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This article has been co-authored by Tamanna Kapur, who is in the Research and Insights team of Torre Capital.

How will the Cybersecurity Sector Rise in a Digitized World?

by Sandeep Kumar

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Every now and then we keep hearing about instances of cyber threats and attacks wiping out millions of dollars from various organizations. The cases have risen as several companies went completely digital, especially post-pandemic. 2021 saw a record rise in cybercrime with ransomware attacks rising by 151%. As businesses realize the importance of digital security, they are taking steps to keep their digital stack secured, making cyber resilience a top business priority. As per a survey by WEF, nearly two-thirds of businesses find it difficult to deal with cybersecurity incidents due to a lack of skills. Hence, they need to rely on partnerships with security firms to secure their business from such threats. Cybersecurity is a massive market with over $150 Bn in annual spending. It has led to a positive outlook toward cybersecurity startups. As a result, VCs are betting their money on security startups. 2021 is considered a record-breaking year for the sector as cybersecurity startups raised over $29 Bn in venture capital, outpacing the previous two years combined.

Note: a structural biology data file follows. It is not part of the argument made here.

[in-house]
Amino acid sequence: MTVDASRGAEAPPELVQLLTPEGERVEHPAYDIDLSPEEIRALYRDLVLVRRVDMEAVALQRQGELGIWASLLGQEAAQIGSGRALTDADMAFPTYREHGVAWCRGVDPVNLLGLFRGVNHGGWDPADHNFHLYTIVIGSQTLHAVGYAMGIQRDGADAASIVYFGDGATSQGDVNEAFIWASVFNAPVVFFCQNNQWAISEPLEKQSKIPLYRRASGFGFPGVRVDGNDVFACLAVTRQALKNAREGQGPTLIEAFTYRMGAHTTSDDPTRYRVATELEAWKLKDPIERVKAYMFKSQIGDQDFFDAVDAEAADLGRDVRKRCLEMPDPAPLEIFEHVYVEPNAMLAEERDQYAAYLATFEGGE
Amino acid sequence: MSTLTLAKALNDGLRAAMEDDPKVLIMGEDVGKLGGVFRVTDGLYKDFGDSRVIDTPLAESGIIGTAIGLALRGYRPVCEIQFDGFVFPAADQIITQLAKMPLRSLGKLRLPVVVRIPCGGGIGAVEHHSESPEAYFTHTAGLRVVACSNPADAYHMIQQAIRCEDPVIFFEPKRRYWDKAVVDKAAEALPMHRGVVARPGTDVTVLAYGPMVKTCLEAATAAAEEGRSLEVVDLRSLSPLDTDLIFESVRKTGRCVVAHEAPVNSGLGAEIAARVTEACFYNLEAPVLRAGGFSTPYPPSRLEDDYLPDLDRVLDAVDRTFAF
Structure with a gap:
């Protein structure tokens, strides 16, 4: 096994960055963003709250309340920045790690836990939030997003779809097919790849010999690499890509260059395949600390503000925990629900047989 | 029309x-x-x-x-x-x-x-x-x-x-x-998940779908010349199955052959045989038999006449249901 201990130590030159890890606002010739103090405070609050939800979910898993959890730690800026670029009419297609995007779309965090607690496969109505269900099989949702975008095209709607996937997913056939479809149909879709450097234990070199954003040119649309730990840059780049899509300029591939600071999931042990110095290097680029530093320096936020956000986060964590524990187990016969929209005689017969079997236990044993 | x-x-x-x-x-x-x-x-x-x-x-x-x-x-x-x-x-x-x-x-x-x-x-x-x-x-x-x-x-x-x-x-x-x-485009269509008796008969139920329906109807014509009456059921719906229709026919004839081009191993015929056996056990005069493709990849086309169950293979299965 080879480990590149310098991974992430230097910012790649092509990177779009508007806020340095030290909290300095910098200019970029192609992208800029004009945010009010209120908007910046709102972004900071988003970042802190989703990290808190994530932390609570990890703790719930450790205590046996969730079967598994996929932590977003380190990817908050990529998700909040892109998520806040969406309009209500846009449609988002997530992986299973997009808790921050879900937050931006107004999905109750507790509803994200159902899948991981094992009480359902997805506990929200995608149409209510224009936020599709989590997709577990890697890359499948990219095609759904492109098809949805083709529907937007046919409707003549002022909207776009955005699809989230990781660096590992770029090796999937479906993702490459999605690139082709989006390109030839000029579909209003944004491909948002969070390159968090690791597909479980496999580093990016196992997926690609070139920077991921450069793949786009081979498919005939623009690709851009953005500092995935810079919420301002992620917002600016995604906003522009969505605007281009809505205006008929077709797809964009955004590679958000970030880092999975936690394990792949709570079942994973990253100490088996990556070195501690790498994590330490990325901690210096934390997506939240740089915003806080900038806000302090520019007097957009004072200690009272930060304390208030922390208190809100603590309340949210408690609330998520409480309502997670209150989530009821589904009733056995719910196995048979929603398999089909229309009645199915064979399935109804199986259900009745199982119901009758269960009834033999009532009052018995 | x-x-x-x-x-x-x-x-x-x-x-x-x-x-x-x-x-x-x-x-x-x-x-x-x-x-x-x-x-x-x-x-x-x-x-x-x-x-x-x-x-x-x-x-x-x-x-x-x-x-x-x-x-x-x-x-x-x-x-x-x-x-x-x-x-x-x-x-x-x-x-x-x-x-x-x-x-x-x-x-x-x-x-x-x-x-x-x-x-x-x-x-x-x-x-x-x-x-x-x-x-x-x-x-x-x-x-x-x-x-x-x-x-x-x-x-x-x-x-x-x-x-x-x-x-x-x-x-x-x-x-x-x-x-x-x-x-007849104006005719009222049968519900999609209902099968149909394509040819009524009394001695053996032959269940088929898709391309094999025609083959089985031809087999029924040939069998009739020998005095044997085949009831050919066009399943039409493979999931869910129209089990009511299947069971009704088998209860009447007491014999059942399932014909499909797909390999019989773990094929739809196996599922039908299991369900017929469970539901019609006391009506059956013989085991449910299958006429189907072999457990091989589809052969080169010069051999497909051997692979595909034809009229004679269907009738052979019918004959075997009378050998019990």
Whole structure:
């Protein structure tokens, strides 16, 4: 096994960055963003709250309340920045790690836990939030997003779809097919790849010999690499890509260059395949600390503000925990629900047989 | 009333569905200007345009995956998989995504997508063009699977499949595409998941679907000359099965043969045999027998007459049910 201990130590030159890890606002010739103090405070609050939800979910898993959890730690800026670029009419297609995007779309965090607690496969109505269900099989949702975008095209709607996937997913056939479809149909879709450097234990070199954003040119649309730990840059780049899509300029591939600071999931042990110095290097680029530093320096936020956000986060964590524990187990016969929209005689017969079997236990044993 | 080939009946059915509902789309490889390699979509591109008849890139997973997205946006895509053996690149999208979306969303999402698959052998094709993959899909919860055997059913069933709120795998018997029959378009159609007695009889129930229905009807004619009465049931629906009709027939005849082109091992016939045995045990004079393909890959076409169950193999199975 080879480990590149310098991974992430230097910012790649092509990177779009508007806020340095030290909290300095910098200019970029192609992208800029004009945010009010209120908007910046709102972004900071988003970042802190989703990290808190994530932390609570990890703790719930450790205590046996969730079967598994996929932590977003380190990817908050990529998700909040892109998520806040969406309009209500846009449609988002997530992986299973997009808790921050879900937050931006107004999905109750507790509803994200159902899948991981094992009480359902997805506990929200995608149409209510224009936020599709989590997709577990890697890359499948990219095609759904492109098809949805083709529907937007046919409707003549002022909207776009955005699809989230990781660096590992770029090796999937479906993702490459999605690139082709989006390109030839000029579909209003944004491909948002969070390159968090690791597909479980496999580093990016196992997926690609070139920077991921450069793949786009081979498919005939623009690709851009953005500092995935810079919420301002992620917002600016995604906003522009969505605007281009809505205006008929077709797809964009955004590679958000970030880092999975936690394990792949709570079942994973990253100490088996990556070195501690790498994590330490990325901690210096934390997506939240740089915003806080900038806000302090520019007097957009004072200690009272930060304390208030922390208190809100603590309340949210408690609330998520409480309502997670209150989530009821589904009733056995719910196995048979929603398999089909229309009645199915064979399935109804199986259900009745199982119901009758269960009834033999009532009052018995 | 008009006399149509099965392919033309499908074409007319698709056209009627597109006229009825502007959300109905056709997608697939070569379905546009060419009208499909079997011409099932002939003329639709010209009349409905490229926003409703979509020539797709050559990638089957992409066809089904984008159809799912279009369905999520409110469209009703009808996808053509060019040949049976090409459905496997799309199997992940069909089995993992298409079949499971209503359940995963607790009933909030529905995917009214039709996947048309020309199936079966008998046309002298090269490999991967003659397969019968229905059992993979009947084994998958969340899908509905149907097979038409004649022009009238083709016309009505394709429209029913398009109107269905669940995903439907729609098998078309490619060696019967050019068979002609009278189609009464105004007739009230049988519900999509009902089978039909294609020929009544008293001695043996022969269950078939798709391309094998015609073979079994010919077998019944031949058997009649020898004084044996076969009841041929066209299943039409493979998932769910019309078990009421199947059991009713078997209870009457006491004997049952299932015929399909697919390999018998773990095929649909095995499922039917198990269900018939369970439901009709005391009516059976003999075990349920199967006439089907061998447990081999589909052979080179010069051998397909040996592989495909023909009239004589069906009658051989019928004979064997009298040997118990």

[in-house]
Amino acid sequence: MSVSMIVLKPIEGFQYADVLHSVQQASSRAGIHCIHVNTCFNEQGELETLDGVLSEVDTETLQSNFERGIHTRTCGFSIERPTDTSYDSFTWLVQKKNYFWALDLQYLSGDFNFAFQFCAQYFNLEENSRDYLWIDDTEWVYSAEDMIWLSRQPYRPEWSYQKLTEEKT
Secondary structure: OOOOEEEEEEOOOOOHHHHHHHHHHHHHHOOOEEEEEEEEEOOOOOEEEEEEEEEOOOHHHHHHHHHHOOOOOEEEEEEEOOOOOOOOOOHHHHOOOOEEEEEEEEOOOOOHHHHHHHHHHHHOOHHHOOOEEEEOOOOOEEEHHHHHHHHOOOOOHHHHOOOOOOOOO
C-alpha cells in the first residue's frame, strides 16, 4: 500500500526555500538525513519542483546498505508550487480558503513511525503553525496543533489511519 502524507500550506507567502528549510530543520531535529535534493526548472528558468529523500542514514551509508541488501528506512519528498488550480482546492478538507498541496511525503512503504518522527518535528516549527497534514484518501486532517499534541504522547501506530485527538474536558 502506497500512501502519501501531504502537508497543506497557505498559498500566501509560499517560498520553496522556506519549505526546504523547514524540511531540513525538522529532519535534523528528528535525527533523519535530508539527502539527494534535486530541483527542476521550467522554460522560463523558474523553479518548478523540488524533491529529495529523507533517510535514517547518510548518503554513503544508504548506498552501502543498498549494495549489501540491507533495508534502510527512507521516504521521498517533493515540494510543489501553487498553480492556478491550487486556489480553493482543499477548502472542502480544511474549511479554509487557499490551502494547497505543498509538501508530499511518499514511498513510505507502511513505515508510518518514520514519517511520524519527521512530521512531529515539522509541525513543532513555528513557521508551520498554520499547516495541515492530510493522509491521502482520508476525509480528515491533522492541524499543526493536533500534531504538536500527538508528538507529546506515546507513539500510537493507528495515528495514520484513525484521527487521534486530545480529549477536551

Source: 2022 Cybersecurity Almanac | Momentum Cyber

VC activity and trends

VC investments in cybersecurity have grown gradually over the years. In 2021, VC firms had a really big appetite for cybersecurity as the deal volume crossed $29 Bn, seeing a YoY growth of over 136%. With this, the size of the funding rounds has also increased for security startups, as 82 financing rounds grabbed a deal of more than $100 Mn.